Cabinet de Liancourt (comte)

Témoignage du voyageur anglais John Evelyn (1644)

[1644] Ist March. I went to see the Count de Liancourt’s Palace in the Rue de Seine, which is well built. Towards his stu­dy and bed­cham­ber joins a lit­tle gar­den, which, though very nar­row, by the addi­tion of a well-pain­ted pers­pec­tive, is to appea­rance great­ly enlar­ged ; to this there is ano­ther part, sup­por­ted by arches in which runs a stream of water, rising in the avia­ry, out of a sta­tue, and see­ming to flow for some miles, by being arti­fi­cial­ly conti­nued in the pain­ting, when it sinks down at the wall. It is a very agreeable deceit. At the end of this gar­den, is a lit­tle theatre, made to change with divers pret­ty scenes, and the stage so orde­red, with figures of men and women pain­ted on light boards, and cut out, and, by a per­son who stands under­neath, made to act as if they were spea­king, by gui­ding them, and reci­ting words in dif­ferent tones, as the parts require. We were led into a round cabi­net, where was a neat inven­tion for reflec­ting lights, by lining divers sconces with thin shi­ning plates of gil­ded cop­per.

In one of the rooms of state was an excellent pain­ting of Pous­sin, being a Satyr knel­ling ; over the chim­ney, the Coro­na­tion of the Vir­gin, by Pau­lo Vero­nese ; ano­ther Madon­na over the door, and that of Joseph, by Ciga­li ; in the Hall, a Cava­lie­ro di Mal­ta, atten­ded by his page, said to be a Michael Ange­lo ; the Rape of Pro­ser­pine, with a very large land­scape of Cor­reg­gio. In the next room, are some pain­tings of Pri­ma­tic­cio, espe­cial­ly the Hele­na, the naked Lady brought before Alexan­der, well-pain­ted, and a Ceres. In the bed-cham­ber a pic­ture of the Car­di­nal de Lian­court, of Raphael, rare­ly colou­red. In the cabi­net are divers pieces of Bas­sa­no, two of Polem­burg, four of Pau­lo Brill, the skies a lit­tle too blue. A Madon­na of Nicho­lao, excel­lent­ly pain­ted on a stone ; a Judith of Man­te­gna ; three women of Jero­ni­mo ; one of Sten­wick ; a Madon­na after Titian, and a Mag­da­len of the same hand, as the Count esteems it : two small pieces of Pau­lo Vero­nese, being the Mar­tyr­doms of St. Jus­ti­na and St. Cathe­rine ; a Madon­na of Lucas Van Ley­den, sent him from our King ; six more of old Bas­sa­no ; two excellent dra­wings of Albert [Durer] ; a Mag­da­len of Leo­nar­do da Vin­ci, given him also by our King ; the Ecce Homo, shut up in a frame of vel­vet, for the life and accu­rate fini­shing excee­ding all des­crip­tion. Some curious agates, and a cha­plet of admi­rable inven­tion, the inta­glios being all on fruit stones. The Count was so excee­ding civil, that he would needs make his lady go out of her dres­sing-room, that he might show us the curio­si­ties and pic­tures in it.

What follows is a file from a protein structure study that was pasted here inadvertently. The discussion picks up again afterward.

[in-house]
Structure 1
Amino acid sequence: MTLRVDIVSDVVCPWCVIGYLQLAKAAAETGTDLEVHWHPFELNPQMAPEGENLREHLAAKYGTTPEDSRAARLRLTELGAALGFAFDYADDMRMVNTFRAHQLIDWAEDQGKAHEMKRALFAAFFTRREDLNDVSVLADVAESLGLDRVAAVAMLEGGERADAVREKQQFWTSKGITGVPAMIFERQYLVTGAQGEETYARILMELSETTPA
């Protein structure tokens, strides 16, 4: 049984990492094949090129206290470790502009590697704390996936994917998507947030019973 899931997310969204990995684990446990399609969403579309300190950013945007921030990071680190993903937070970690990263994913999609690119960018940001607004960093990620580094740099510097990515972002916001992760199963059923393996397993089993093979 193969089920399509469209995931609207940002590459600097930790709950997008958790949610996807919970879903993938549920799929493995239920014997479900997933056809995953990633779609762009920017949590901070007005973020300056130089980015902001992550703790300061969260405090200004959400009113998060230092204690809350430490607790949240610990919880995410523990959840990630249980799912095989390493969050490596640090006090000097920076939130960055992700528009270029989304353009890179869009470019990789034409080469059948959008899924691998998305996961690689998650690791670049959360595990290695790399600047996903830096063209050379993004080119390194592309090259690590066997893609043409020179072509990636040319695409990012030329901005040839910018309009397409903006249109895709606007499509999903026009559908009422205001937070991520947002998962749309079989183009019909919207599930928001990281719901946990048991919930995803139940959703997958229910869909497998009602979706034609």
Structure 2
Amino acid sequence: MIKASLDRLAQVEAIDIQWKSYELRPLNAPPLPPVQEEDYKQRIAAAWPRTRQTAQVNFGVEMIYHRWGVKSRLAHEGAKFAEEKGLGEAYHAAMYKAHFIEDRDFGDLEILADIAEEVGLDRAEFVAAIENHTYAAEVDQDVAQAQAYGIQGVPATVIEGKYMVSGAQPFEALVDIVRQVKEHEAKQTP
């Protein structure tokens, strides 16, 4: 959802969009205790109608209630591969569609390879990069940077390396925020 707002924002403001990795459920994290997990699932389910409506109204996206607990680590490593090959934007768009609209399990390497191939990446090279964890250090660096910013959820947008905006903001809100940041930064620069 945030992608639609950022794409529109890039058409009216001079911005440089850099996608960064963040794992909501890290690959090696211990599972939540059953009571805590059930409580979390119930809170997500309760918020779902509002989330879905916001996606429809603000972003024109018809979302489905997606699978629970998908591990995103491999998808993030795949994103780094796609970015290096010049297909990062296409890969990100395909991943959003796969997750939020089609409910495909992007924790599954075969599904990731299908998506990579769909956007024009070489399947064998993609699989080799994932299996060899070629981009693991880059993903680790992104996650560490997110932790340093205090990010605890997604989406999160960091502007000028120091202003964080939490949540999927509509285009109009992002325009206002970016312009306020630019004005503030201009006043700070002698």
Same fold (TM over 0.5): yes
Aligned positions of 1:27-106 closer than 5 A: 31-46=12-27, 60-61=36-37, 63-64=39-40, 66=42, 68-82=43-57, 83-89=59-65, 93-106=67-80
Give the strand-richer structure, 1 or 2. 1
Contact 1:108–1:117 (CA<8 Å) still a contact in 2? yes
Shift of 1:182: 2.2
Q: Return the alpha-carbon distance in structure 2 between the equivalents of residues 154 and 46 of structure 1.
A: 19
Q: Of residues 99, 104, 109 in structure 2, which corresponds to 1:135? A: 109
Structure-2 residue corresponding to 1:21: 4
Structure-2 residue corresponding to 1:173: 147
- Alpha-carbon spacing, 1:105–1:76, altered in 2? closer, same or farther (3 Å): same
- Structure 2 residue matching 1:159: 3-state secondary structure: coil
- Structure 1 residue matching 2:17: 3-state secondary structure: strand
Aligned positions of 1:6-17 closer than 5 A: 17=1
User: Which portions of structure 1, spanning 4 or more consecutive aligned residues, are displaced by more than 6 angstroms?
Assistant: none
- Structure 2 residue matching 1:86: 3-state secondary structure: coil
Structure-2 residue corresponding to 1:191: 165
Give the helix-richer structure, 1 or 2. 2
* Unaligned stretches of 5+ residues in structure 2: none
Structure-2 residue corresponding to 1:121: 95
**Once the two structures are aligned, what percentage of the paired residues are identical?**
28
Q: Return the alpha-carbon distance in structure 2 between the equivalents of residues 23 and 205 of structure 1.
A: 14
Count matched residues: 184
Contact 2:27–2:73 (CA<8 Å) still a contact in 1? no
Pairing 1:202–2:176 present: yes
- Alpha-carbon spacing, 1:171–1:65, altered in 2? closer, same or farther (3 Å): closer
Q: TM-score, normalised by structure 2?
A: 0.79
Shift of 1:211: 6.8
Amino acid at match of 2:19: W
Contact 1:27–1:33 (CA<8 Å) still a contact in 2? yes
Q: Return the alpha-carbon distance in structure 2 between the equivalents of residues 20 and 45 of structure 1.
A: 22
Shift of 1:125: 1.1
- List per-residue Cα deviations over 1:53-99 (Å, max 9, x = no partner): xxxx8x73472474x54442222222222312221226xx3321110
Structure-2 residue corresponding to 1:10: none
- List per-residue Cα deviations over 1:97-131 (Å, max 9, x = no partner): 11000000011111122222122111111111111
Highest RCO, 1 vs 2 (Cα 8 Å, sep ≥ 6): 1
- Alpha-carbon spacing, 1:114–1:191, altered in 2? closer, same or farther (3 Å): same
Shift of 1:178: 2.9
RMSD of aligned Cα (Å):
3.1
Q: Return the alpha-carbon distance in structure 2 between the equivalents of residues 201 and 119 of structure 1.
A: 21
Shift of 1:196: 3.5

(The dia­ry of John Eve­lyn, Ed. William Bray, J.M. DENT et E.P DULTON, Lon­don-New York, 1905, Tome 1, p.56–57.)